The RedBoard can be programmed over a USB Mini-B cable using the Arduino IDE. It works on Windows 8 without having to change your security settings. It is also more stable due to the USB/FTDI chip and it’s completely flat on the back, making it easier to embed. You can power the RedBoard over USB or through the barrel jack.
The above-mentioned ones are just some of the variants available in the Arduino family.
Features of Arduino Uno
Arduino has became more popular controller because of its useful features. Arduino overcomes the drawbacks faced when using microcontrollers like 8051 and 8052. Arduino Uno gained popularity because of this features. The other benefits of Arduino Uno is as follows:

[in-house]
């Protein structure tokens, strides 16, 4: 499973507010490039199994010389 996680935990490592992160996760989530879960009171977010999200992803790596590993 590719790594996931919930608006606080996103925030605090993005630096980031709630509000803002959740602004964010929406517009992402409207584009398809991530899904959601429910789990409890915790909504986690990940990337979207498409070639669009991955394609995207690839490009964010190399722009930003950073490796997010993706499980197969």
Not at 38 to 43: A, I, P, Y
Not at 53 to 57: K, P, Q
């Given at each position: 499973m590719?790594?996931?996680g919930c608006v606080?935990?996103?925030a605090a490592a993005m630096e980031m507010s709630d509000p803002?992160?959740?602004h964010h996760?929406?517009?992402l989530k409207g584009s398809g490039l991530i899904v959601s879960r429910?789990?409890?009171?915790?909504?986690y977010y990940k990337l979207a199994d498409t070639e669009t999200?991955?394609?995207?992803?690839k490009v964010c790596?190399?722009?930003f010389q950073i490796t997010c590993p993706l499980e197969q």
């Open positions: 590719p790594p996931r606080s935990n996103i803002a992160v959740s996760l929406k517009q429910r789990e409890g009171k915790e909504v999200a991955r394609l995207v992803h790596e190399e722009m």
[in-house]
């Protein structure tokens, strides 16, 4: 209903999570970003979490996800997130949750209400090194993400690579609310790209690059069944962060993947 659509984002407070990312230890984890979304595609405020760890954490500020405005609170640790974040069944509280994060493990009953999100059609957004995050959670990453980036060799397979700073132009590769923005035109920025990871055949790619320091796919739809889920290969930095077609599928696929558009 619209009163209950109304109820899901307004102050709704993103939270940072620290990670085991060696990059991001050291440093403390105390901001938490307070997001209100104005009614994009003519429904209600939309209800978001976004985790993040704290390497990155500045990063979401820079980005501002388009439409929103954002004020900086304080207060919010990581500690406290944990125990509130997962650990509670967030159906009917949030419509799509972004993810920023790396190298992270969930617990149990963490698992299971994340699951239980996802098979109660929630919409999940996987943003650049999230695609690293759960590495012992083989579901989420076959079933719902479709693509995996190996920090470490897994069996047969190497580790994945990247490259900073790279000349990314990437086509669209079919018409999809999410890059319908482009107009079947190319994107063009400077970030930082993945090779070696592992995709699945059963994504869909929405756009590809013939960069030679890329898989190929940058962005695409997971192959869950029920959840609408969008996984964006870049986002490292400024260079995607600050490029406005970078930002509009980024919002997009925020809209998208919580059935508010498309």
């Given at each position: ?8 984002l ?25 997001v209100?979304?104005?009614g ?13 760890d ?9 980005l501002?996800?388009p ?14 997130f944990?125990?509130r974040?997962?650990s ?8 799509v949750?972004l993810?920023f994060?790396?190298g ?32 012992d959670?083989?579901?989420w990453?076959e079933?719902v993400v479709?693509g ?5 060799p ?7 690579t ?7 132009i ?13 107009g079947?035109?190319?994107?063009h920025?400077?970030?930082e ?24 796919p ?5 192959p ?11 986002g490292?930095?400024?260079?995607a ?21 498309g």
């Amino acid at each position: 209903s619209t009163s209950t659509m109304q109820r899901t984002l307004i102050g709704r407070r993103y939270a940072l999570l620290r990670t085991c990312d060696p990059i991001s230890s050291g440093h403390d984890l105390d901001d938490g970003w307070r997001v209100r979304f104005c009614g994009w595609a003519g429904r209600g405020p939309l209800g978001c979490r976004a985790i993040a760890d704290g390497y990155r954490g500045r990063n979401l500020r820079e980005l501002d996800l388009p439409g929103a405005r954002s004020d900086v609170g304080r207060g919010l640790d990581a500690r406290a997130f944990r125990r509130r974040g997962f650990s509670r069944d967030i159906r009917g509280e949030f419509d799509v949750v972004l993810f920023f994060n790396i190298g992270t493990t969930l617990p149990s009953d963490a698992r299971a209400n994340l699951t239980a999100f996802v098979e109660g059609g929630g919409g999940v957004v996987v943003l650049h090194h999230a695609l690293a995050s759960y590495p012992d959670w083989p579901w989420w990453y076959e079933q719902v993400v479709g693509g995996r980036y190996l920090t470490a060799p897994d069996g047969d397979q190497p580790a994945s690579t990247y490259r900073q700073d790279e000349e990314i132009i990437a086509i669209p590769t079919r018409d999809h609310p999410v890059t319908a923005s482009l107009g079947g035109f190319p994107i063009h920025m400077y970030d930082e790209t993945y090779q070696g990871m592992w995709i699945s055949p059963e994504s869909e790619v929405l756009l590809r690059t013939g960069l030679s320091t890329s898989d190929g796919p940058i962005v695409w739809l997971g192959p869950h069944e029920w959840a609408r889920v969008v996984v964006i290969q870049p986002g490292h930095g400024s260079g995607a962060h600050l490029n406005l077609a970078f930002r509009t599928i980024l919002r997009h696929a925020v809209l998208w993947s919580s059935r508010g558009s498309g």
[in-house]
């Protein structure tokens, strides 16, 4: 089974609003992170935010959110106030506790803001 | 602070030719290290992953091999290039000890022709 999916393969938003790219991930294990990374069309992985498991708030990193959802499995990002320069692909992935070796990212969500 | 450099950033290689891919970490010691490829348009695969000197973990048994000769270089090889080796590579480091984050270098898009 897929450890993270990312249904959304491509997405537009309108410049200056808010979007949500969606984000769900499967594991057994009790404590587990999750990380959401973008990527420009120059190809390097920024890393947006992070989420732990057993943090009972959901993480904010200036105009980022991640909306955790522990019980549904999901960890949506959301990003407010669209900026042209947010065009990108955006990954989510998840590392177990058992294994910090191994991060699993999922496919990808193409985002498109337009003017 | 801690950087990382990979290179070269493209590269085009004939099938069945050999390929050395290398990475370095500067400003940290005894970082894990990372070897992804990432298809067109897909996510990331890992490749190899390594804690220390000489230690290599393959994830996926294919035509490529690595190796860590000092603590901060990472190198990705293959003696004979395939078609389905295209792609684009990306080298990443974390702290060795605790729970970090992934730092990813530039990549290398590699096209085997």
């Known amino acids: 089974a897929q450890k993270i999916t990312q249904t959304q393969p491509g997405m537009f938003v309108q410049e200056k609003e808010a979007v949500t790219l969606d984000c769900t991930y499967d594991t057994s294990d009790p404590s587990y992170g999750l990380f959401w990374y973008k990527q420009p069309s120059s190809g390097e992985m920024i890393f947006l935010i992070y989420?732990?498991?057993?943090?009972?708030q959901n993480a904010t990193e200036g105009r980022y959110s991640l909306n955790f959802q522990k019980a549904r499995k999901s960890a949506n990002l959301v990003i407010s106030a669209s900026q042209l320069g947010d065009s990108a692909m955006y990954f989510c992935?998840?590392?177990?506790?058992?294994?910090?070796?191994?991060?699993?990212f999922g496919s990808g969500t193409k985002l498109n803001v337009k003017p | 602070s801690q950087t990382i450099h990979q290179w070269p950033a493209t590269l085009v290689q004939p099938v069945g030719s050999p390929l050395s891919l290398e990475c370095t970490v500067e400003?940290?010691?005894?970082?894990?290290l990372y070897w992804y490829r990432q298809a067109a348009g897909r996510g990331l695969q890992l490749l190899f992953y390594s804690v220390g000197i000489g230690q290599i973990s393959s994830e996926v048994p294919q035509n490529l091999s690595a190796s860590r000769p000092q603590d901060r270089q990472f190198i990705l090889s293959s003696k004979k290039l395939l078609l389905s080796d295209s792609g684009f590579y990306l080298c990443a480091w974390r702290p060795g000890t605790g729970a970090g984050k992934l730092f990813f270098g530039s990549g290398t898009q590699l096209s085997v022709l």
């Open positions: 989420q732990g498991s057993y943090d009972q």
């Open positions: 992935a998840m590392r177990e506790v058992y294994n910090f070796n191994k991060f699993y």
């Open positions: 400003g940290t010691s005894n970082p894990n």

- Easy Connectivity – It can be connected via USB slot.
- Memory – Arduino Uno has 32 KB of memory. It comes with 2 KB of SRAM and 1 KB of EEPROM.
- Clock Speed – The Clock speed of the Arduino is 16 Mhz, so it can perform a task faster than other processors or controllers.
- USB Interface – The most important feature of Arduino Uno is its USB connectivity. Meaning, if we want to operate Arduino with a PC, we can do this using the USB.
- Input / Output Voltage – The Arduino Uno can be powered via the USB connection or with an external power supply. If we are using external power then we can supply 6 to 20 volts.
- Input / Output Pins – Each of the 14 digital pins on the Uno can be used as an input or output, 6 pins out of 14 can be used as PWM output and 6 pins can be used as analog pins.
- Communication – The Arduino Uno board supports I2C and SPI communication.
We hope that we have given a clear picture of Arduino. We are looking forward for your comments in the comment section below. Apart from this, if you need any further clarifications, you can email us at [email protected]